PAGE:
Expanded Polystyrene (EPS) isn’t just foam insulation, it’s an innovative building material that lends to the design and structural integrity of many building projects. Since the 1950’s, EPS has been recognized as a mainstream insulation material, but over the past decade, new applications using EPS have expanded, and EPS now serves as a powerful design element. Today, the EPS industry uses highly sophisticated processes and technologies to manufacture cost-effective products.
EPS insulation products have been the subject of extensive research and evaluation over a 30-plus year lifespan. Encompassing a multitude of construction applications from roofing to below grade, the EPS industry stands behind its product with real-world test results. Research data from third party testing laboratories such as Oakridge National Laboratories, National Research Council of Canada, Florida Solar Energy Center, and Structural Research, Inc. lend confidence to specifiers, architects, and contractors alike.
The thermal resistance, or R-value, of EPS may be used without any adjustment for aging.
EPS is able to withstand the abuse of temperature cycling, assuring long-term performance.
EPS insulation systems reduce energy consumption. With energy savings comes environmental benefits. Specifically, the reduction of fossil fuels burned to create energy. By reducing our energy consumption, we reduce combustion by-products that lead to smog and contribute to global warming.
After its original life as insulation, EPS is 100 percent recyclable, and can be recycled into a variety of consumer and industrial products. Recycled EPS is ground and reincorporated into new EPS products or thermally processed to make a resin that can be used to remanufacture new polystyrene products. Northwest Foam Products, Inc. has been reprocessing in-plant scrap for many years.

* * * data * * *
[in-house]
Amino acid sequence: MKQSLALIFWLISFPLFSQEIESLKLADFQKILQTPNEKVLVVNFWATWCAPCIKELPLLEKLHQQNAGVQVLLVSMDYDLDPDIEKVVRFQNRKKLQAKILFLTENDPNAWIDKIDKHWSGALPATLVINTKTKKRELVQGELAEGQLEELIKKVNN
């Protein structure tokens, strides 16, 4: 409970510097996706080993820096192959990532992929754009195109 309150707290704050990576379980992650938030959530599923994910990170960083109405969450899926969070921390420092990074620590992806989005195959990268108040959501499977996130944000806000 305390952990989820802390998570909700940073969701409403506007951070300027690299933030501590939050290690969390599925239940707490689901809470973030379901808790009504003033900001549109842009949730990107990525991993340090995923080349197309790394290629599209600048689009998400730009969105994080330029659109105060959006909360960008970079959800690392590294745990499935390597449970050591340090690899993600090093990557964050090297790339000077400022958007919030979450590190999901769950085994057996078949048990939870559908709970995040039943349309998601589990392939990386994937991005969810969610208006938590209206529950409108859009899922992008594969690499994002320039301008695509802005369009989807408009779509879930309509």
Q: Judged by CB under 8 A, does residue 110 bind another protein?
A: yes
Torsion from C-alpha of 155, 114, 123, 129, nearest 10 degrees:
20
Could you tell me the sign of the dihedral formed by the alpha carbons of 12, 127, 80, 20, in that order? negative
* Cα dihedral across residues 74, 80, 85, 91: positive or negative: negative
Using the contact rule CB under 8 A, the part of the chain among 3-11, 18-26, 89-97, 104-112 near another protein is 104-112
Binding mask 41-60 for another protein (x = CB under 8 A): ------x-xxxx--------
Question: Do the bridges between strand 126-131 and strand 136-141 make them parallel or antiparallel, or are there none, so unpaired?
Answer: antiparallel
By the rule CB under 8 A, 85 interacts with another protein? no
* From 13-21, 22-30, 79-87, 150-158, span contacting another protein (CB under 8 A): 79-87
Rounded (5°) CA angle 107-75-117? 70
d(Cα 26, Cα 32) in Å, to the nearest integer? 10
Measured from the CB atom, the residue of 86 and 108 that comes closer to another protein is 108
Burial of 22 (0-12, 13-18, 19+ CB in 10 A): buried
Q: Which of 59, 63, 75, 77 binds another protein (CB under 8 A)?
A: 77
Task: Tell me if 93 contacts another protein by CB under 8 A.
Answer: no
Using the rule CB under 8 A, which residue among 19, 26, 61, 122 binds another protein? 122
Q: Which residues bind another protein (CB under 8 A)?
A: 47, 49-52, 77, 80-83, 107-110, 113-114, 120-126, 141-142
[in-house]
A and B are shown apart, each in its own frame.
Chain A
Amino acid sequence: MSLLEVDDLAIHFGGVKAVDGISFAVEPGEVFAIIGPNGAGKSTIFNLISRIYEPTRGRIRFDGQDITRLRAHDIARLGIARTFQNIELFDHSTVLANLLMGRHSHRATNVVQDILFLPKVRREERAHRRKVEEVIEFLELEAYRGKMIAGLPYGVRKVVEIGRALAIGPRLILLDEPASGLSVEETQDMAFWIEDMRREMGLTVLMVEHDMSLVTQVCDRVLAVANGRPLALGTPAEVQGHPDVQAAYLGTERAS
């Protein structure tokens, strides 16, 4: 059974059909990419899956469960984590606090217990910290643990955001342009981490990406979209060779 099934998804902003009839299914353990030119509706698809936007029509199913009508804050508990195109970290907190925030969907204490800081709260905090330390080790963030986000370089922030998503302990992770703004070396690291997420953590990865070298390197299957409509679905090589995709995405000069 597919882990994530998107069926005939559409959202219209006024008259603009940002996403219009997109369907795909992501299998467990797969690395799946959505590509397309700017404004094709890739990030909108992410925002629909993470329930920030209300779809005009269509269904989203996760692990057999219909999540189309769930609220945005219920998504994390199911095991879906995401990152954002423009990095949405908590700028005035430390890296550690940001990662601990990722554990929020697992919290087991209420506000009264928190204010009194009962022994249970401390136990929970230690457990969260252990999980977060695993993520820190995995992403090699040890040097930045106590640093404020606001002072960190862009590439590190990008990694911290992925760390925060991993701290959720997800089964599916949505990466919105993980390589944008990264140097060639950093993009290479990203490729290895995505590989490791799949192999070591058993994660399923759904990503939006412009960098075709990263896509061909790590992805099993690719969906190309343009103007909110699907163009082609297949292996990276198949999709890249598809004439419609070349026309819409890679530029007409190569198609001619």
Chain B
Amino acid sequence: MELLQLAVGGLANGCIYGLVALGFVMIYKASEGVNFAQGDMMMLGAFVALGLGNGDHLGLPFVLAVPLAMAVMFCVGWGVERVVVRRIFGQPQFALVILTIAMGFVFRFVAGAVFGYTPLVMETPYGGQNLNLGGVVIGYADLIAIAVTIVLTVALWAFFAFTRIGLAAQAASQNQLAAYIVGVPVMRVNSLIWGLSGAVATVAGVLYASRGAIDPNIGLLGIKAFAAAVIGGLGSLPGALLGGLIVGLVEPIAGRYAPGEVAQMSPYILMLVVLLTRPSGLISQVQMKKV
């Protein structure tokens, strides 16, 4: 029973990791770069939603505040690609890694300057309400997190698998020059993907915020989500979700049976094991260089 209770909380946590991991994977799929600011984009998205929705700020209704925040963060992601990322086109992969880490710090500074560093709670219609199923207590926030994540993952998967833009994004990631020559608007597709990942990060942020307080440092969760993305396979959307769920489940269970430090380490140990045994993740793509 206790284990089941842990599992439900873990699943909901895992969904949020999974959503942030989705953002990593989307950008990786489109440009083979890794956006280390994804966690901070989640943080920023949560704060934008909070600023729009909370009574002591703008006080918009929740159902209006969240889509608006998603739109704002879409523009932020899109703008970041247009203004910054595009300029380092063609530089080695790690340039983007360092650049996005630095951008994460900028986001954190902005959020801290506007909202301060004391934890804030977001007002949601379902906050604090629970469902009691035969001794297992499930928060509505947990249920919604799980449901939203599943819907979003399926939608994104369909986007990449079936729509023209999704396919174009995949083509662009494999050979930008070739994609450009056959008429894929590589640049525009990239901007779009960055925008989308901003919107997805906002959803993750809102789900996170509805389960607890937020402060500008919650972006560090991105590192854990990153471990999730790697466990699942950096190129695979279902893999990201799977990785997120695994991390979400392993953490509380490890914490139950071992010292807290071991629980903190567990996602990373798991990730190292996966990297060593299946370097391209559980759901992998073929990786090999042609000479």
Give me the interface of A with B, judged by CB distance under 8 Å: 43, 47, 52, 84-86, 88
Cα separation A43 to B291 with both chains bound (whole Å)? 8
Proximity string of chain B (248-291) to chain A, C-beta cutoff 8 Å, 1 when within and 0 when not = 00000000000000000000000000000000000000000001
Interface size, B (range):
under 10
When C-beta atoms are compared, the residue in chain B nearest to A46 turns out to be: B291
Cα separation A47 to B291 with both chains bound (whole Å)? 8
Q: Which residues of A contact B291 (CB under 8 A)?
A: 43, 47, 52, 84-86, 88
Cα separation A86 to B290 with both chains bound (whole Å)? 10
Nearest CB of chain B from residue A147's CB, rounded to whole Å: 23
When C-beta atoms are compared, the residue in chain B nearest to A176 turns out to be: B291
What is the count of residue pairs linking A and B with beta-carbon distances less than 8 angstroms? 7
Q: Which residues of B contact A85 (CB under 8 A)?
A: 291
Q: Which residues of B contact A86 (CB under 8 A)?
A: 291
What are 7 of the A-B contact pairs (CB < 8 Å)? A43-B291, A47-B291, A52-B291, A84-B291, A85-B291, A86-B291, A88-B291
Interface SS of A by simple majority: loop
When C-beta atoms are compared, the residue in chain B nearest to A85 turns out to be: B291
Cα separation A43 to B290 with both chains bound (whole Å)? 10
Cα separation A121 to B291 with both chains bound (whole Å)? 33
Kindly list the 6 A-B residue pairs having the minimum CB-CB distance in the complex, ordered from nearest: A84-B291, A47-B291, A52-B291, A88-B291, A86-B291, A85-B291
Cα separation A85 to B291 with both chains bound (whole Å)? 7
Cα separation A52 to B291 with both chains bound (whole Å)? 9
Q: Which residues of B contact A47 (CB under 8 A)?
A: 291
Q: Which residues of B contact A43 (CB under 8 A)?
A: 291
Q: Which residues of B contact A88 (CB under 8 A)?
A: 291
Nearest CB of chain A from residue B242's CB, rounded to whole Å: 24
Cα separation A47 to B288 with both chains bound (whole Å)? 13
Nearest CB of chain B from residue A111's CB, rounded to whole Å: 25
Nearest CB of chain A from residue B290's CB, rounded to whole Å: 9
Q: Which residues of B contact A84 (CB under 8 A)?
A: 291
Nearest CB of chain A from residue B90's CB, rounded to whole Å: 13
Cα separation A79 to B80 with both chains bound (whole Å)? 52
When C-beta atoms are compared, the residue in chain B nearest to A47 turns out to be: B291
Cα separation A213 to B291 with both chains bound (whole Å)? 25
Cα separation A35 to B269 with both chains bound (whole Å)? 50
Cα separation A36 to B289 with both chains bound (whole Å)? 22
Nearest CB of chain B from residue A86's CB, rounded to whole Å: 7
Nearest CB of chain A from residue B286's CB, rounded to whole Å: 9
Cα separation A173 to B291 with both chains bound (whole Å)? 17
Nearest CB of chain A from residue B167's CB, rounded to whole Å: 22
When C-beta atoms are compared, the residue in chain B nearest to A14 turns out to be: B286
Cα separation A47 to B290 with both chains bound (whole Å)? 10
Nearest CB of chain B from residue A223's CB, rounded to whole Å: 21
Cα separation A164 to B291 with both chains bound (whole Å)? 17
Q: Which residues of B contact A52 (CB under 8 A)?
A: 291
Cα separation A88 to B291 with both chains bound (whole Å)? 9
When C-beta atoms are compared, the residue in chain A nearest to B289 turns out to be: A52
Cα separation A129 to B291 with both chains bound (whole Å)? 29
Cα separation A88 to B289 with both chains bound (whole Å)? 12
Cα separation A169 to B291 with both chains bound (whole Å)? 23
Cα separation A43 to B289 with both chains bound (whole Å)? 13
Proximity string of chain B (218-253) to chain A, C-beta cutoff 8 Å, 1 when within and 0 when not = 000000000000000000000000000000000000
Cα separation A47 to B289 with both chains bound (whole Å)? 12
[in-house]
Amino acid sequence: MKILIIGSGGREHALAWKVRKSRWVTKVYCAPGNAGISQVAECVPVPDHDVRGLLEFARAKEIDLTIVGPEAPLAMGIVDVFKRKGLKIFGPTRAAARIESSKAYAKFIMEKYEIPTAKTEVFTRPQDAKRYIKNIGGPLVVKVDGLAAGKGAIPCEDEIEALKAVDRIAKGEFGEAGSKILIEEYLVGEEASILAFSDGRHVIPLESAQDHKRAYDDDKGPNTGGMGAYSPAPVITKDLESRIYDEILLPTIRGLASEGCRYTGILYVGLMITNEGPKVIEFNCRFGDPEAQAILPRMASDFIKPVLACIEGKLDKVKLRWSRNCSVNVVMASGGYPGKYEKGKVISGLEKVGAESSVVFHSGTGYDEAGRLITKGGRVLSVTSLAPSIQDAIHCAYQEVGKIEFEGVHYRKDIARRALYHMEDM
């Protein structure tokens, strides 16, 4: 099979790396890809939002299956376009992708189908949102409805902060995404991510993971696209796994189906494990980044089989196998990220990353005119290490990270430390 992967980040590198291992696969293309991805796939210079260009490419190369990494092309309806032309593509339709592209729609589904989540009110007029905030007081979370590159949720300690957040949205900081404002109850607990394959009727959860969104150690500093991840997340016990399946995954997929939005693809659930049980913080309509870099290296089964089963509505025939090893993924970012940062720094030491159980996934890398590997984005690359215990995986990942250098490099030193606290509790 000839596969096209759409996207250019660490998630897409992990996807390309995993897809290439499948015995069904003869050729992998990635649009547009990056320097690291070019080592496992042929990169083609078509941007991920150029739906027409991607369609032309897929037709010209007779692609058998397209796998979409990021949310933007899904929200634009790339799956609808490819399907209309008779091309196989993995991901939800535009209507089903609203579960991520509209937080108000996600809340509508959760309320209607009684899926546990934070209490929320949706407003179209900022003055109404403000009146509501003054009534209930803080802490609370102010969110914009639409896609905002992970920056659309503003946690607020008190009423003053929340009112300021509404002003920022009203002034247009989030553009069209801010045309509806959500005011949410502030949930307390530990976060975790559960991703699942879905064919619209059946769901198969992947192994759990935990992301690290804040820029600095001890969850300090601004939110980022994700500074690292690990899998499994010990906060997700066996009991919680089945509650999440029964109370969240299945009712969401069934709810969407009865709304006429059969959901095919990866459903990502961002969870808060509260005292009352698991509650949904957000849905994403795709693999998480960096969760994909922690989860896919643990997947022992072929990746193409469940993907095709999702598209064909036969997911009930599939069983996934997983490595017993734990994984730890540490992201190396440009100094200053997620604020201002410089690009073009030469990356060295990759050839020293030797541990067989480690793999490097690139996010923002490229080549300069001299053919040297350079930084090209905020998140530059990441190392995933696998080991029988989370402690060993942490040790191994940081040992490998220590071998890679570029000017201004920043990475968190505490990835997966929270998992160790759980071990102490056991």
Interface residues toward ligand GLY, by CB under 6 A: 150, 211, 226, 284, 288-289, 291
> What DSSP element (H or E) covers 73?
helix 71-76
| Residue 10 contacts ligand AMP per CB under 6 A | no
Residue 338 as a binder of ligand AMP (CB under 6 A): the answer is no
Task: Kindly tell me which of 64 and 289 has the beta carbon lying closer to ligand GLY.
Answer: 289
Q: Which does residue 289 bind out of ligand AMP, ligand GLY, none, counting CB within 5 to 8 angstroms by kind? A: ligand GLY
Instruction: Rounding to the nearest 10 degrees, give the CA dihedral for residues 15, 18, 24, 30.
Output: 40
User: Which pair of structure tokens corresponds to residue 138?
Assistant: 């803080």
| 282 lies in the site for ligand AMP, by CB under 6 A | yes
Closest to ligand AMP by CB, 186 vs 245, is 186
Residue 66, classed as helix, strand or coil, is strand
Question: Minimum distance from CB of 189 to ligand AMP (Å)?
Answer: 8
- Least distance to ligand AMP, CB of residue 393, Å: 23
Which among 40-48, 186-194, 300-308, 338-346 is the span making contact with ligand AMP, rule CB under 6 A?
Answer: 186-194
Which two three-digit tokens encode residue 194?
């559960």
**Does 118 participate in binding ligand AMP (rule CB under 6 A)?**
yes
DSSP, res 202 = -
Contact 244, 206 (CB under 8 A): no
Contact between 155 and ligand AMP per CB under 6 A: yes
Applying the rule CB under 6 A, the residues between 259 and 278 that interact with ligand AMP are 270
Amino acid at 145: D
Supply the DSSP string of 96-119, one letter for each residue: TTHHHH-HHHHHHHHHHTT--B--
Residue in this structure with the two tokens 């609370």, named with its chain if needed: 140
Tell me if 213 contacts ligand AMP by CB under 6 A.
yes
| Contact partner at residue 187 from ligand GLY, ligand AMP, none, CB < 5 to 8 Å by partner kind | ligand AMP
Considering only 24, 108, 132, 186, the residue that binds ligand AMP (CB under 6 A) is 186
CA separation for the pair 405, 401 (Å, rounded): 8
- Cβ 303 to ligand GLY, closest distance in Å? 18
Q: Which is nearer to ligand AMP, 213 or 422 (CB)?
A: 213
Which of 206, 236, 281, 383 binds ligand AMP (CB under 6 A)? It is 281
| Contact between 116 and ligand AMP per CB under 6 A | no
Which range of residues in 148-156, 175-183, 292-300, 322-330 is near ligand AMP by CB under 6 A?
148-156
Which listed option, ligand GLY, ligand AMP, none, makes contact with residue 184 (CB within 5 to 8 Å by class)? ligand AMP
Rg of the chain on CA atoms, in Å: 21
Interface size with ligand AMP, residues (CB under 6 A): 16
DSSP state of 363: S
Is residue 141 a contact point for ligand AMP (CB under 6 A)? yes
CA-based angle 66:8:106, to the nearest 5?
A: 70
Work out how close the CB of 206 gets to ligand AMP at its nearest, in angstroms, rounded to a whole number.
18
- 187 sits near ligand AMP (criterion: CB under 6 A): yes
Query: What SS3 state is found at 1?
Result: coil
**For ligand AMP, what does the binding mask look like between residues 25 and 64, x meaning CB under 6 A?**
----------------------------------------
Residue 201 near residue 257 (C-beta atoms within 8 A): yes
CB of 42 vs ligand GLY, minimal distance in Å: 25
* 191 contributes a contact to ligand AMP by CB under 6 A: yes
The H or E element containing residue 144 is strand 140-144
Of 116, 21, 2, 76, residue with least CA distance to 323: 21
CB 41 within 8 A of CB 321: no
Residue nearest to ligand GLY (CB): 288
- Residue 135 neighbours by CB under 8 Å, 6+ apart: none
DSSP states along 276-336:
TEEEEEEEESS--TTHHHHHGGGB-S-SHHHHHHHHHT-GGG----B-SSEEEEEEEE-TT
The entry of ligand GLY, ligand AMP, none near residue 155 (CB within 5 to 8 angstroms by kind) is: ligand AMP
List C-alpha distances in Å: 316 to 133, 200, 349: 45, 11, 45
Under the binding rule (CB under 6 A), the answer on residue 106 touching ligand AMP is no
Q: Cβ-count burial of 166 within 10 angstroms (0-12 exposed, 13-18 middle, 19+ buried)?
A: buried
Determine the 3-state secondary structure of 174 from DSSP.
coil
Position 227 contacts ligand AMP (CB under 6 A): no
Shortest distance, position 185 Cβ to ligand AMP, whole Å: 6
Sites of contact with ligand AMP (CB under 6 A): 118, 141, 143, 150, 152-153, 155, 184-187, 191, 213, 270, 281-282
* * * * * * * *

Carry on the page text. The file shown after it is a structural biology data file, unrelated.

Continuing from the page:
EPS is inert and stable. EPS does not produce methane gas or contaminating leachates.
The resilience of EPS insulation board provides reasonable absorption of building movement without transferring stress to the outer skins at the joints.
EPS is combustible. It should not be left exposed to flame or other ignition sources. EPS insulation should be covered with a thermal barrier or otherwise installed in accordance with applicable building code requirements.
A study by the Energy Materials Testing Lab (EMTL) has shown that EPS insulation installed in well-constructed roofing does not absorb appreciable moisture, even under conditions characteristic of prolonged, cold, and damp winters.
EPS insulation is an inert, organic material produced from petroleum and natural gas by-products. EPS insulation does not contain chlorofluorocarbons (CFCs) or hydrochlorofluorocarbons (HCFCs).
EPS manufacturing uses little energy and creates little pollution. EPS products save resources by reducing energy consumption through insulation systems.
EPS provides a clean source for WTE incineration systems. The chemical makeup of EPS is carbon and hydrogen, elements found in wood and other organic materials.
EPS insulation typically costs less than other rigid board insulations when compared on the basis of R-value.
EPS is subject to attack by petroleum based solvents.
Although EPS provides a high level of moisture resistance and breath ability, recommended design practices for walls and foundations should be followed in the selection of vapor and moisture barriers for severe exposure.
Prolonged exposure to sunlight will cause slight discoloration and surface dusting of EPS insulation. The insulating properties will not be significantly affected under normal usage.